Warbler

WarblerWarbler — There are a number of passerine birds, order Passeriformes, which are called warblers. They are not particularly closely related, but share some characteristics, such as being fairly small, active and insectivorous.They are mostly brownish or dull greenish in color, of small size, easier seen than heard, and harder to determine to species.

The Old World warblers are more than 300 species of birds constituting the subfamily Sylviinae of the flycatchers. They are generally grayish, greenish, or brownish, but some African species are highly colorful. Only three members of this subfamily occur regularly in the New World: the ruby-crowned kinglet, Regulus calendula; the golden-crowned kinglet, Regulus satrapa; and the Arctic warbler, Phylloscopus borealis. Among the most ancient of songbirds, the subfamily Sylviinae is regarded by many authorities as a separate family, Sylviidae.

The New World warblers or wood-warblers are a group of small often colourful passerine birds restricted to the New World. They are not related to the Old World warblers (Sylviidae) or the Australian warblers.

Most are arboreal, but some, like the Ovenbird and the two waterthrushes, are more terrestrial. Most members of this family are insectivores.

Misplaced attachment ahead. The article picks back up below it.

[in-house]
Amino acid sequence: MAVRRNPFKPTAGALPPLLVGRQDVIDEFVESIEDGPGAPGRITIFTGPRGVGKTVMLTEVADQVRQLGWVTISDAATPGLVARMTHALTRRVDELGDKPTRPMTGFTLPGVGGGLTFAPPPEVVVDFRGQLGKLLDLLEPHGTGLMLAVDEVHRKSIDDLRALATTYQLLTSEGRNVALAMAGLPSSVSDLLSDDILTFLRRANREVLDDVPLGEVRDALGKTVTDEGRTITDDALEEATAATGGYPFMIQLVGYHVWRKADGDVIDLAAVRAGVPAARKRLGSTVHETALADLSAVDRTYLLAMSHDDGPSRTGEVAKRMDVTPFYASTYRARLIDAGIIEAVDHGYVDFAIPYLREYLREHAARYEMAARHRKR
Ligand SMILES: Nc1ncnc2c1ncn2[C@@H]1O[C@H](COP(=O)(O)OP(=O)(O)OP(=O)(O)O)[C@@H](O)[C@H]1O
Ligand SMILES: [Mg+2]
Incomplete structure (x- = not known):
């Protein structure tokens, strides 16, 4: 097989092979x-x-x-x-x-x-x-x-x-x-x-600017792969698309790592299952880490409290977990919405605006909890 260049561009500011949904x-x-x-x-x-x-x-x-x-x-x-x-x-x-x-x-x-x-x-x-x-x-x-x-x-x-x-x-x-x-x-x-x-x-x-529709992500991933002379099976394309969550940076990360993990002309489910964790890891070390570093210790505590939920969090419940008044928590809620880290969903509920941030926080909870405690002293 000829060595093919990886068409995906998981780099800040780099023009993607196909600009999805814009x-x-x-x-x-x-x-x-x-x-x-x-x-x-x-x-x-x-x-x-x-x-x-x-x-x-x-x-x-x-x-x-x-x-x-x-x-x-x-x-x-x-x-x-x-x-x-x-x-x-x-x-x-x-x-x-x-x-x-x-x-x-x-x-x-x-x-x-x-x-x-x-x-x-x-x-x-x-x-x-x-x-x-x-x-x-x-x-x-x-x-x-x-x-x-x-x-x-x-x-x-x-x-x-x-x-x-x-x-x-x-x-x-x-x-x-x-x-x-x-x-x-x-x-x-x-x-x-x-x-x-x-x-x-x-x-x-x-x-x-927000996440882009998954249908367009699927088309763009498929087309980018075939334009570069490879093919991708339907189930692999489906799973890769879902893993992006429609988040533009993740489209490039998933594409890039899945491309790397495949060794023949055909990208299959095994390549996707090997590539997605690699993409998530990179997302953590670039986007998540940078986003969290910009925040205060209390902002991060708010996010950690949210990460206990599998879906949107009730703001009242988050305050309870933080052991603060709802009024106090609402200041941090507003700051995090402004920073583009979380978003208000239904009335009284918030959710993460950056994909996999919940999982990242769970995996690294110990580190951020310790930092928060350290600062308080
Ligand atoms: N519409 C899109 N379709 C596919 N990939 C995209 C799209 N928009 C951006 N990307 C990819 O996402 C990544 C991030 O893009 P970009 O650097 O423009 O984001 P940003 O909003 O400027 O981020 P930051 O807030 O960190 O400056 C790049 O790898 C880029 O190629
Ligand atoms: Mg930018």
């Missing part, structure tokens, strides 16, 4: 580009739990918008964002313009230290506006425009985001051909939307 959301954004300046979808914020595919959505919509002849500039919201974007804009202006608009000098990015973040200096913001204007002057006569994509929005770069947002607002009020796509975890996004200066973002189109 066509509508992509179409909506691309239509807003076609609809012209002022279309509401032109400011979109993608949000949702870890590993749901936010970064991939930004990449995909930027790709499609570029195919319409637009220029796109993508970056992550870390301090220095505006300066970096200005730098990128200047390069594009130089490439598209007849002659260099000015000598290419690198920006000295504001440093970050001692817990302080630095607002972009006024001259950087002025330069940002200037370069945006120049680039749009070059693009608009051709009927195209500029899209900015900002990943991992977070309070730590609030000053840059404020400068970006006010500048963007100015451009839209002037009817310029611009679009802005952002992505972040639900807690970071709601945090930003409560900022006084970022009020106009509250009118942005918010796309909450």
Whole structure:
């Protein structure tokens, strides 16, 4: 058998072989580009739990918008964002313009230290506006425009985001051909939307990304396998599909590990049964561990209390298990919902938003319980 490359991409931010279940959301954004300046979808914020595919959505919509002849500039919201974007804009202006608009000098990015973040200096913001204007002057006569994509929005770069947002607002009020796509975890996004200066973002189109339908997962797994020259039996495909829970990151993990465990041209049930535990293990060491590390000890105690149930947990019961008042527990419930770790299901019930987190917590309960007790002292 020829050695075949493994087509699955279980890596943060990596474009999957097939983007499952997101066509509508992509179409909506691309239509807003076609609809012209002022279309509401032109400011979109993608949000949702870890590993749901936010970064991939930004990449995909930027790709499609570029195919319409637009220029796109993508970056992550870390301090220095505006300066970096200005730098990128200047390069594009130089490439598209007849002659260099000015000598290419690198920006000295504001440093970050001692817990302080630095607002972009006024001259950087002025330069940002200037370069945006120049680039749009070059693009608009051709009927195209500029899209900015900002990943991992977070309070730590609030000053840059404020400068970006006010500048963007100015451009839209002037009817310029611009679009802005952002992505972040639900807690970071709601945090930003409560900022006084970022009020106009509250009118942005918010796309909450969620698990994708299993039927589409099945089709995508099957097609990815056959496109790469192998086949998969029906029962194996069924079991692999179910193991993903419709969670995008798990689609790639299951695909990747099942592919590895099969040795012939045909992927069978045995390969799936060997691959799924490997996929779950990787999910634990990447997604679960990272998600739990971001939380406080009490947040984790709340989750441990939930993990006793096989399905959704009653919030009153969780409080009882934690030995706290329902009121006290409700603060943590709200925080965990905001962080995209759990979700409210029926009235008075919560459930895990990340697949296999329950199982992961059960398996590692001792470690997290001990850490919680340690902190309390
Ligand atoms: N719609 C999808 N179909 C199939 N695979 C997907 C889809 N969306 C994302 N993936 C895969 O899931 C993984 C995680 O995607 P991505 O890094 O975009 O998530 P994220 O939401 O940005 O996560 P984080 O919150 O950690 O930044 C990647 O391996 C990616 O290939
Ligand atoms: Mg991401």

It is likely that this group originated in northern Central America, which remains with the greatest diversity and numbers of species. From thence they spread north during the interglacial periods, mainly as migrants, returning to the ancestral region in winter. Two genera, Myioborus and Basileuterus seem to have colonised South America early, perhaps before the two continents were linked, and provide most of the resident warbler species of that region.

Many migratory species, particularly those breeding further north, have distinctive male plumage at least in the breeding seaon, since males need to reclaim territory and advertise for mates each year. This tendency is particularly marked in the large genus Dendroica. In contrast, resident tropical species, which pair for life, show little if any sexual dimorphism.

There are of course exceptions. The Seiurus waterthrushes and Ovenbird are strongly migratory, but have identical male and female plumage, whereas the mainly tropical and sedentary yellowthroats are dimorphic.

The Granatellus chats also show sexual dimorphism, but due to recent genetic work may soon be moved into the family Cardinalidae (New World buntings and cardinals).

All the warblers are fairly small. The smallest species is the Lucy’s Warbler (Vermivora luciae), at about 6.5 grams and 10.6 cm (4.2 inches). By far the largest species is the Yellow-breasted Chat (Icteria virens), at 27 grams and 19 cm (7.5 inches).

The migratory species tend to lay larger clutches of eggs, typically up to six, since the hazards of their journeys mean that many individuals will have only one chance to breed. In contrast, two eggs is typical for many tropical species, since the chicks can be provided with better care, and the adults are likely to have further opportunities for reproduction.

The scientific name for the family, Parulidae, originates from the fact that Linnaeus in 1758 named the Northern Parula as a tit, Parus americanus, and, as taxonomy developed, the genus name was modified first to Parulus and then the current Parula. The family name, of course, derives from that genus.

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